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The Other Guy J.S. Giguere is getting all the raves, but Martin Brodeur's play has the Devils clicking

May 26, 2003
May 26, 2003

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May 26, 2003

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The Other Guy J.S. Giguere is getting all the raves, but Martin Brodeur's play has the Devils clicking

As Ottawa Senators left wing Magnus Arvedson can testify, Martin
Brodeur is a criminal. Early in the second period of Game 4 of
the Eastern Conference finals last Saturday, Brodeur, the New
Jersey Devils goaltender, was lying on his stomach in the crease
when he reached out with his glove hand and deflected Arvedson's
shot away from the wide-open net. It was robbery, but Brodeur
can't swear to what happened. "My eyes were closed," he says.

This is an article from the May 26, 2003 issue Original Layout

With a 3-2 series lead over Ottawa, following a 3-1 loss to the
Senators in Game 5 on Monday night, the Devils were on the verge
of their third trip to the Stanley Cup finals in four years, but
with Anaheim's J.S. Giguere mugging the heavily favored clubs in
the Western Conference, Brodeur has been the other goalie in the
postseason. "He's part of a new breed, and it's great for hockey
that people talk about him," Brodeur, 31, says of the 26-year-old
Giguere. "I'm not a young buck anymore."

Brodeur, who led New Jersey to Cups in 1995 and 2000, may not be
as young as he used to be, but he still has his looks. He was
brilliant in the regular season (2.02 goals-against average, a
.914 save percentage), during which he won 40 or more games (41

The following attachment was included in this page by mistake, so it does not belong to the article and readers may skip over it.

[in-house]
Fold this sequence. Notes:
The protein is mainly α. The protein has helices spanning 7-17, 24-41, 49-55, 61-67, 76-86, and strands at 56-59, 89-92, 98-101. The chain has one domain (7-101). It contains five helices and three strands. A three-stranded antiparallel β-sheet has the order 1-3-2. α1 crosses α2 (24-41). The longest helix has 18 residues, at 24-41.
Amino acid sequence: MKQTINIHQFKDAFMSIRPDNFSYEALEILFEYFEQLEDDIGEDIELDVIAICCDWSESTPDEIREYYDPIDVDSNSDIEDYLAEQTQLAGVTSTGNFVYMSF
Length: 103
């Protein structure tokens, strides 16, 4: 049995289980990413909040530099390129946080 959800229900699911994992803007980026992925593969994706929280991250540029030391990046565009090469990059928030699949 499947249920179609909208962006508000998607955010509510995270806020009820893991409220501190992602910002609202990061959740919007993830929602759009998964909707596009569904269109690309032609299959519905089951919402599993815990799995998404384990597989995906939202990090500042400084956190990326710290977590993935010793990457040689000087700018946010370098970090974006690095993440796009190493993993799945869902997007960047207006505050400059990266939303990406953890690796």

to be exact) for an NHL-record fourth time. Last week Brodeur was
announced as a finalist for the Vezina and Hart trophies for top
goaltender and league MVP, respectively. Surprisingly, he has
never won either award. "After coaching him, I'm wondering why,"
says Pat Burns, the Devils' first-year bench boss, who has won
the Jack Adams Award as best coach in Montreal (1988-89), Toronto
('92-93) and Boston ('97-98).

Giguere's play isn't the only news that has overshadowed
Brodeur's postseason performance. During New Jersey's last Cup
run Brodeur's wife, Melanie, and their kids (Anthony, now seven,
and William and Jeremy, six) got nearly as much face time on TV
for their cheering from the stands as Brodeur got for stopping
pucks. But last month Le Journal de Montreal reported that the
marriage was over because Brodeur had had an affair with
Melanie's brother's wife. (Other than acknowledging that he and
Melanie separated in December, Brodeur hasn't discussed the soap
opera in detail since the story broke.)

Despite the media attention and predictable taunts from fans on
the road, Brodeur has kept his focus. And because the Devils'
scoring ability is usually more like that of a World Cup than a
Stanley Cup contender, Brodeur has a smaller margin for error
than any goalie east of Anaheim. "If we make a mistake, he will
fix it," says Burns. "I've run out of words to describe
him." --Stephen Cannella

COLOR PHOTO: DAVE SANDFORD/GETTY IMAGES/NHLI JOY IN JERSEY Brodeur's spectacular playoff netminding has beensecond to one.